Being conservative is about tradition and sometimes change

Published 12:00 am Wednesday, September 22, 2004

Editor, the News-Herald:

It was perfectly logical for conservative Americans to vote for George W. Bush in 2000. Just as it was appropriate for all Americans to rally to the President in our time of national crisis.

But if the existing atmosphere of permanent crisis has compelled some conservatives to temper their convictions, it is not true of all of us. Many true conservatives question the legitimacy and the wisdom of the war on Iraq, how it has been managed, and what it is now costing us, economically, politically and spiritually.

Email newsletter signup

We don’t agree that getting Saddam was more important than getting Osama.

There are conservatives who were angry over the handcuffing and stonewalling of the 9/11 Commission, and the Bush Administration’s attempt to prevent its very existence.

Some conservatives do care who really wrote and is profiting from Vice President Cheney’s energy and environmental policies, and are unhappy with the drastic changes in directions and protections.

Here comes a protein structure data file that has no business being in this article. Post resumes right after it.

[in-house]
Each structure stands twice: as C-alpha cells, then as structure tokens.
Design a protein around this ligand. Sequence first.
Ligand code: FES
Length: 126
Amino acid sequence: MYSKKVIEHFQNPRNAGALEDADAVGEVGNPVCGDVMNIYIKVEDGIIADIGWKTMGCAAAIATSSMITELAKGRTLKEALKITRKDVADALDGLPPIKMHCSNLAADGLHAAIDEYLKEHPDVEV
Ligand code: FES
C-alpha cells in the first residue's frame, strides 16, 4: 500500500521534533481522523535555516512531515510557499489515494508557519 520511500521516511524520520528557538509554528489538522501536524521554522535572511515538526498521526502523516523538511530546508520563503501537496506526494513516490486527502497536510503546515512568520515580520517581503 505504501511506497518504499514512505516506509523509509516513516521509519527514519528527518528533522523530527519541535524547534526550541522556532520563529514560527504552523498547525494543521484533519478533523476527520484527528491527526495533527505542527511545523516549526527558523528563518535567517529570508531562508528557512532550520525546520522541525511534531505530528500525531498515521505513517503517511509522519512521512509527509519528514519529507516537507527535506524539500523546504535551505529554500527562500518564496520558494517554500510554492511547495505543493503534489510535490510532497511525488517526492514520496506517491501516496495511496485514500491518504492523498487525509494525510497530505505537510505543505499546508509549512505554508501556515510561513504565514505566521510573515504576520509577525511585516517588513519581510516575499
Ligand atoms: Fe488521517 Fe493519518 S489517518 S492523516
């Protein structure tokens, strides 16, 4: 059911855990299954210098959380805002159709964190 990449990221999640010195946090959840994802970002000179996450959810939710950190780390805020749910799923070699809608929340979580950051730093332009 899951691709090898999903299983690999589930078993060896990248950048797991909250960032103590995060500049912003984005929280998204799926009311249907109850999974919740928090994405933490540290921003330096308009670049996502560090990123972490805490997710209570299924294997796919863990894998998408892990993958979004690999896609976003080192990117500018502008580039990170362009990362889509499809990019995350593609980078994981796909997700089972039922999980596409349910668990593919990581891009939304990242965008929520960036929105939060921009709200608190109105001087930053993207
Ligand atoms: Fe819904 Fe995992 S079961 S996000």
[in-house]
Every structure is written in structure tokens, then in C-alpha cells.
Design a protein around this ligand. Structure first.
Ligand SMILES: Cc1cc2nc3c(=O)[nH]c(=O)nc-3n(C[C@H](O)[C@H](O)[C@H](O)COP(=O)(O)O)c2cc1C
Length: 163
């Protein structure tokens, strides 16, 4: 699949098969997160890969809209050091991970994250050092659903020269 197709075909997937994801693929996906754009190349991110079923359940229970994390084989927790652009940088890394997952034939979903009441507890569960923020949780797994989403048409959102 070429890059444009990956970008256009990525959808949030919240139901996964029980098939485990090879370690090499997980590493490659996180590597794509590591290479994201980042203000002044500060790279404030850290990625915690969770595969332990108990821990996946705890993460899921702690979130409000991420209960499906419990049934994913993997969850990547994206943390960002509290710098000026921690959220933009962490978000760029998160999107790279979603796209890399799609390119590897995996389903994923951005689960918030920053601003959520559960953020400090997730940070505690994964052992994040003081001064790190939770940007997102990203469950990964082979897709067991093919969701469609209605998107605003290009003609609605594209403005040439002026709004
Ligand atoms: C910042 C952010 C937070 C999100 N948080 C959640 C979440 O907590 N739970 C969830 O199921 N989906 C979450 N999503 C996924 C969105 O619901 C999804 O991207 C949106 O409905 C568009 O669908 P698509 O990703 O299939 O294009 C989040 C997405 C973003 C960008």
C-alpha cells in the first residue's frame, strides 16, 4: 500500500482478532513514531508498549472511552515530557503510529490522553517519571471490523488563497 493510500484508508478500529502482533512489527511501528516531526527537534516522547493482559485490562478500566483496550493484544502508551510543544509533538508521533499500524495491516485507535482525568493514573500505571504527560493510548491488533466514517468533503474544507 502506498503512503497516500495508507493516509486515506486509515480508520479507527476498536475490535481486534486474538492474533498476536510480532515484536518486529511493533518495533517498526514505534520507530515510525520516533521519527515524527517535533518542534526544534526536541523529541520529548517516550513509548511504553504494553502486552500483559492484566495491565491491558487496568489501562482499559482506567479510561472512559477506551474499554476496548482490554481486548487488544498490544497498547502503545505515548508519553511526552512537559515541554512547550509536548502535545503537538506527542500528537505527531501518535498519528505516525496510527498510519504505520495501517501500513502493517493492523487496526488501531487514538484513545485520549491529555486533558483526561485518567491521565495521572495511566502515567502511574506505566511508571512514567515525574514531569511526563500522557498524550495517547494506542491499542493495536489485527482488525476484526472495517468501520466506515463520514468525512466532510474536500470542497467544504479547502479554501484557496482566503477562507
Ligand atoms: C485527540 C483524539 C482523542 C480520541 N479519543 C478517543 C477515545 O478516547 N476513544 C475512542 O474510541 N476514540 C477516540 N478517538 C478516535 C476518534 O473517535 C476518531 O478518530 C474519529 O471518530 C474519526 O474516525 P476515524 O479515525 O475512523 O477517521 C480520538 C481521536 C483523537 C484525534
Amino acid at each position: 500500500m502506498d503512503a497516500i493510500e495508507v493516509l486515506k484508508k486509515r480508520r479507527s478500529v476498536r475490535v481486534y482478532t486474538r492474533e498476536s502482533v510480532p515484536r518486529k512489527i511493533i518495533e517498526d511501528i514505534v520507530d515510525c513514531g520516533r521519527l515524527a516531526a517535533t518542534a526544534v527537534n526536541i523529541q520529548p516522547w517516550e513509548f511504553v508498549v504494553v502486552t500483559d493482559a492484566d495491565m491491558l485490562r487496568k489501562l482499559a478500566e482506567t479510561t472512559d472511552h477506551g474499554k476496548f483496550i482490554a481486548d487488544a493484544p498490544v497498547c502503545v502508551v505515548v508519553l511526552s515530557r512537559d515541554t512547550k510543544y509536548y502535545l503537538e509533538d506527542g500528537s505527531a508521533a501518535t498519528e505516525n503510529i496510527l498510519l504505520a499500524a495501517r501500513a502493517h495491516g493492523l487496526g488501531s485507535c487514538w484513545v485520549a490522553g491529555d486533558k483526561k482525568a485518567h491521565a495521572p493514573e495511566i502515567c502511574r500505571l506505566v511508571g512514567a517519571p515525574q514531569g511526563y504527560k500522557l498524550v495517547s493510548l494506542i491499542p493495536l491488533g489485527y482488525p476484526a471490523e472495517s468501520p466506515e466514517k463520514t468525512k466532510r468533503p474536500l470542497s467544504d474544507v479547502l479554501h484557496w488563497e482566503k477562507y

Conservative parents share the distress of Republican

governors over the unfunded &uot;No Child Left Behind Act,&uot; and its effect on our schools, and our children.

Many conservatives question the fairness of the Bush &uot;tax relief,&uot; and are greatly concerned about the debt we are leaving our children. Conservatives believe in the American dream, and we know that it can’t be available to our children if health care is not.

Being conservative means believing in traditional values, such as these. Sometimes being conservative means believing change is necessary.

Mark McKinney